Musician Matthew Lien says he first had the idea about 40 years ago: Could he airlift a grand piano into the remote mountains of Yukon's Kluane National Park to film an epic music video?
Decades later, the answer appears to be yes — thanks to a $125,000 grant from the Yukon government to help Lien and his collaborators make it happen this summer.
The project is one of three that will receive funding this year as part of a one-time initiative to mark the territory's 125th anniversary. The 125 Prize is meant to "inspire the next generation of Yukoners to be bold and creative and to entice others to experience the magic of this place," according to a government news release.
The tourism department received 93 pitches for prize money, and a selection committee "comprising a range of community members from across the territory" settled on the three winning projects, announced this week.
Lien's pitch received the biggest chunk of money.
"I feel, you know, really excited," said Lien on Tuesday.
"Luckily I've found a beautiful full-size grand Heintzman piano that's going to be used for this and it's in beautiful condition, nice and shiny, and it's just going to be awesome up there."
The plan is for Lien, in collaboration with fellow Yukon musician Diyet, to create an original composition in three movements, each representing a different aspect of the vast park's ecosystem. That will happen in the next few months, and then in July, they'll aim to film the video in three representative locations within the park.
"Most of the music will be recorded in the studio, but there's no way I'm going to put a piano onto the icefield and not play that thing, you know?" Lien said.
The plan is also to film the whole process throughout the coming months, and the challenges Lien's team faces as they work to pull it off, and ultimately get that piano into some remote and dramatic places.
A view of Kluane National Park. (Sean Kilpatrick/The Canadian Press)
"Weather is definitely an issue. But there's so many challenges involved with this, all of which I'm sure we'll overcome," he said.
"It just feels sometimes in life you can feel that there's a script that the universe is preparing for you, and failure in this script, I don't see it as an option ... it's really a once in a lifetime opportunity."
'Under-told' Yukon stories
The other 125 Prize winners include a duo who's aiming to compile a collection of quirky and lesser-known Yukon stories from over the years, and a group of climbers planning a first ascent of a certain alpine route in southern Yukon.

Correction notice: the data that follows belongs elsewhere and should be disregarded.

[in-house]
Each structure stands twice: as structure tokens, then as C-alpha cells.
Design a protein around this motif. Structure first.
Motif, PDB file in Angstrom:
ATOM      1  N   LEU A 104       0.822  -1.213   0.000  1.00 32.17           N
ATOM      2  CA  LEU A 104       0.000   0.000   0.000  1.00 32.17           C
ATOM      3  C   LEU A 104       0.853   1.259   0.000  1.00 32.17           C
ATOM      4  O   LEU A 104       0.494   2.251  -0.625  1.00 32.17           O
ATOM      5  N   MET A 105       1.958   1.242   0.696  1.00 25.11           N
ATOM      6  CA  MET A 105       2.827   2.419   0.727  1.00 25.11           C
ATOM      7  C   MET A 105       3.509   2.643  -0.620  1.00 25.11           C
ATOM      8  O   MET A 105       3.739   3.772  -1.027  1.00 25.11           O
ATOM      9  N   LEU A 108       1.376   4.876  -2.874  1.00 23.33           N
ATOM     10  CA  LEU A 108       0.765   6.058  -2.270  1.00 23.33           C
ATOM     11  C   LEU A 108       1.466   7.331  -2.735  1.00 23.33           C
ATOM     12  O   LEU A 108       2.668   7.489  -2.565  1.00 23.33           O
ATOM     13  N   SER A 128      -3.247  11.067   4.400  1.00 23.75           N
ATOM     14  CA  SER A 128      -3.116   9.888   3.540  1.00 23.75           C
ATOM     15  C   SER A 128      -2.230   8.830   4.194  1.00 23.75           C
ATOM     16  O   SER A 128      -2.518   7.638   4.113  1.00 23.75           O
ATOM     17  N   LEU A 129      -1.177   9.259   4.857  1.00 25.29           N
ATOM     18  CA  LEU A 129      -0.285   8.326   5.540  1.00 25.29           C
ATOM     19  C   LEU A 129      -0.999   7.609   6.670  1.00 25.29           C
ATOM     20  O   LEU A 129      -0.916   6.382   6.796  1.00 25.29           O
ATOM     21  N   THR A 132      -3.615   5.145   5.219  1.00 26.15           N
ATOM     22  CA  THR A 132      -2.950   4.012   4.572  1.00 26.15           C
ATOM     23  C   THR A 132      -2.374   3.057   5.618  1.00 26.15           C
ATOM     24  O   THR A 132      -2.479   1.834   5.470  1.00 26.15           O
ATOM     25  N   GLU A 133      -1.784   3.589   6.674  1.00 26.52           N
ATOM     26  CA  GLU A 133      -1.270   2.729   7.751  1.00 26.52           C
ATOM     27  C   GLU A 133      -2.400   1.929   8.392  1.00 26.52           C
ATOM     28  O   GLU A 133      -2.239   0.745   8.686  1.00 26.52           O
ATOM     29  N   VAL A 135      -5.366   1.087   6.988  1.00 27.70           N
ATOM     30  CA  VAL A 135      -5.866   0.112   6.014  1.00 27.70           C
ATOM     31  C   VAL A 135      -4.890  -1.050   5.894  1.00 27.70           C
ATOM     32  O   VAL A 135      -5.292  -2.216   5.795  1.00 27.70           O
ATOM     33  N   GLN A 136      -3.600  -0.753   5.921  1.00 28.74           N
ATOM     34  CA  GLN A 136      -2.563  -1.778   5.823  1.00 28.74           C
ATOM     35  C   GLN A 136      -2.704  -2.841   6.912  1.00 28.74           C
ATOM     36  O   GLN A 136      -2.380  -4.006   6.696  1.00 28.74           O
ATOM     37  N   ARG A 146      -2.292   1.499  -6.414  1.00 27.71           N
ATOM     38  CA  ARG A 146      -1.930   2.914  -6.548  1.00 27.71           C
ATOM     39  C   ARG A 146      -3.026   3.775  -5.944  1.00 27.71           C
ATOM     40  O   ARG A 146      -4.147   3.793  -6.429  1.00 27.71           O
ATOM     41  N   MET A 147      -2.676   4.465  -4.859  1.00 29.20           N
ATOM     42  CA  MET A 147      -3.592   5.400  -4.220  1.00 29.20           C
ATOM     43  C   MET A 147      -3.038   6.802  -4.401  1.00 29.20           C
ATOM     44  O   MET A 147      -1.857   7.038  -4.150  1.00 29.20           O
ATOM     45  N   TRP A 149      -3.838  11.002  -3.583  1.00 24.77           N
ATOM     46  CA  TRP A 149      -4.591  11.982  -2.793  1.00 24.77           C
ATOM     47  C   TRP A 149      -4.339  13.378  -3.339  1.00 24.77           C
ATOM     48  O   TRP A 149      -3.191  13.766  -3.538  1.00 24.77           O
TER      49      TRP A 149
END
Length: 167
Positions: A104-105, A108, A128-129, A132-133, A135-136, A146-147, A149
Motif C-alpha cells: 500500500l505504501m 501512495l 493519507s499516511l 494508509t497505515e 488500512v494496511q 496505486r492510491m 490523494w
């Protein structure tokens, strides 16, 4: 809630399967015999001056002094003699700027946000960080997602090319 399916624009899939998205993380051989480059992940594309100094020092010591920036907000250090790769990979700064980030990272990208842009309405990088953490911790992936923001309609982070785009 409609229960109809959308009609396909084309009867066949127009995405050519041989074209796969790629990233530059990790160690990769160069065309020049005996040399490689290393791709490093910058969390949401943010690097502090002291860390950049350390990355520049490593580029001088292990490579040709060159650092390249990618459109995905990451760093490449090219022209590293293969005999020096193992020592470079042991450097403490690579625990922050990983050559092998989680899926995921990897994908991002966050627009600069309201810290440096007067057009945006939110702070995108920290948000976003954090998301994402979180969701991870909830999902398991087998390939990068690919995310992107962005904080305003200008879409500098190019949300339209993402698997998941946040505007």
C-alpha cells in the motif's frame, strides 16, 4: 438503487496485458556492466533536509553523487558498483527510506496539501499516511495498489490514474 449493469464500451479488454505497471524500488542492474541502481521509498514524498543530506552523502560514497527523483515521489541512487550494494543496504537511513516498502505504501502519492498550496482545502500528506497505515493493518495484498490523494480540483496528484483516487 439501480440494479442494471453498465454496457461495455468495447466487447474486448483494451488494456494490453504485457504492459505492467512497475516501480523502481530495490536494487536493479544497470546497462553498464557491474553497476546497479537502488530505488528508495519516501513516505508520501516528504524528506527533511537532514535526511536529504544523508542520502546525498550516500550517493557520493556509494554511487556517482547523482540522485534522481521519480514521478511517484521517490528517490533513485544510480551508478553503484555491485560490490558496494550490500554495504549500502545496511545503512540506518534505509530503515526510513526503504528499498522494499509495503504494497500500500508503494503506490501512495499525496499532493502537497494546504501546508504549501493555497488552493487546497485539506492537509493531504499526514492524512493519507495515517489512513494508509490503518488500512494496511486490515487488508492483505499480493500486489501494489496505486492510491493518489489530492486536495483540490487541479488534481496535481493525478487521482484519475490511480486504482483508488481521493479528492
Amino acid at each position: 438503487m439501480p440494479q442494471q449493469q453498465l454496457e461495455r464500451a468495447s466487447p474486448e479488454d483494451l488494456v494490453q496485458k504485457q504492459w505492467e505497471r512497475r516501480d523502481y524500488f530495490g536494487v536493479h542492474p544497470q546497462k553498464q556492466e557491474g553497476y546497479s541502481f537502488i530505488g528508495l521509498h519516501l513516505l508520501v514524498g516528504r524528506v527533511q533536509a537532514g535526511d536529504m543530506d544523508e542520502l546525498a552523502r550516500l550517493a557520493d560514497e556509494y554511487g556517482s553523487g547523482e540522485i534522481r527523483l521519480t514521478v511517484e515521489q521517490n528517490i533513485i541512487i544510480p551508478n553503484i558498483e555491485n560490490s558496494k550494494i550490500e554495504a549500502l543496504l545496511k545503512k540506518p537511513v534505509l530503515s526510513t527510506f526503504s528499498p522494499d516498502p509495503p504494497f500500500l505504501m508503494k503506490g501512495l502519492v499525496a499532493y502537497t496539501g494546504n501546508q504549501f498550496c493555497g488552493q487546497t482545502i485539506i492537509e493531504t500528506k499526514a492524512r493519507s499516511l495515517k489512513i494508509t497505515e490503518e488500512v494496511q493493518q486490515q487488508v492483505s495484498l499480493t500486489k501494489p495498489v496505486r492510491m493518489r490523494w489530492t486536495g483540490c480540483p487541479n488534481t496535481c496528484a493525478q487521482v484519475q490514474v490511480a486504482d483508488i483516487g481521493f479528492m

Amy Kenny and Tedd Tucker — the story-collecting duo — were awarded $79,305 for their project entitled It's Weird Up Here, which they say will be like "a yearbook Frankensteined together with a Pierre Berton anthology."
Kenny said they'll spend the coming months hunting for "under-told" Yukon stories.
"So, the kinds of things that are fun or funny or impressive or noteworthy for some reason, but maybe just never made it into mainstream news," she said.
"This is an opportunity for us to be able to look into some of the weirder and like, less traditionally-told stories in the Yukon."
"A lot of things happen in the dark up here in the long winter months, and I think a lot of those stories just kind of drift around," said Tucker.
As an example, Kenny refers to tales of a one-time "league of lady wrestlers" in Beaver Creek, Yukon.
"I heard one version of the story and I was like, there's no way this is true. And then I heard a slightly different version of the story, and I'm like, which of these things is true and what are the details of it and can I be involved?"
Their plan is to start sharing stories, with illustrations, through social media and then eventually compile them into something like a "cool little artistic zine," Tucker said.
A first ascent
The third 125 Prize winner is a project that would see a climbing team, led by John Serjeantson, attempt the first known climb up a particular route on Radelet Peak, at the headwaters of the Wheaton River, in early July.
"It's amazing mountains, you know, surrounded by granite spires, and there's kind of this one line that really sticks out, this steep kind of jagged ridge line that follows up to this sub-peak, away from the main peak," Serjeantson said.
"And our intention is to try and climb that."
The team has been awarded $18,903 for the project, most of which will pay for the helicopter ride into the area. It's possible to hike in, Serjeantson said, but that makes it more challenging to then actually manage the climb.
"The more time you actually get at the base of the route ... the higher chance you have to get up," he said.
He's not exactly sure how difficult a climb it will be, but he certainly expects some technical challenges.
"It's really hard to say. You know, you kind of look at the photos and you take a look at it through binoculars and
try and grasp the features you're gonna climb and what they're gonna be like," he said.
"But it's kind of impossible to know until you're right up there."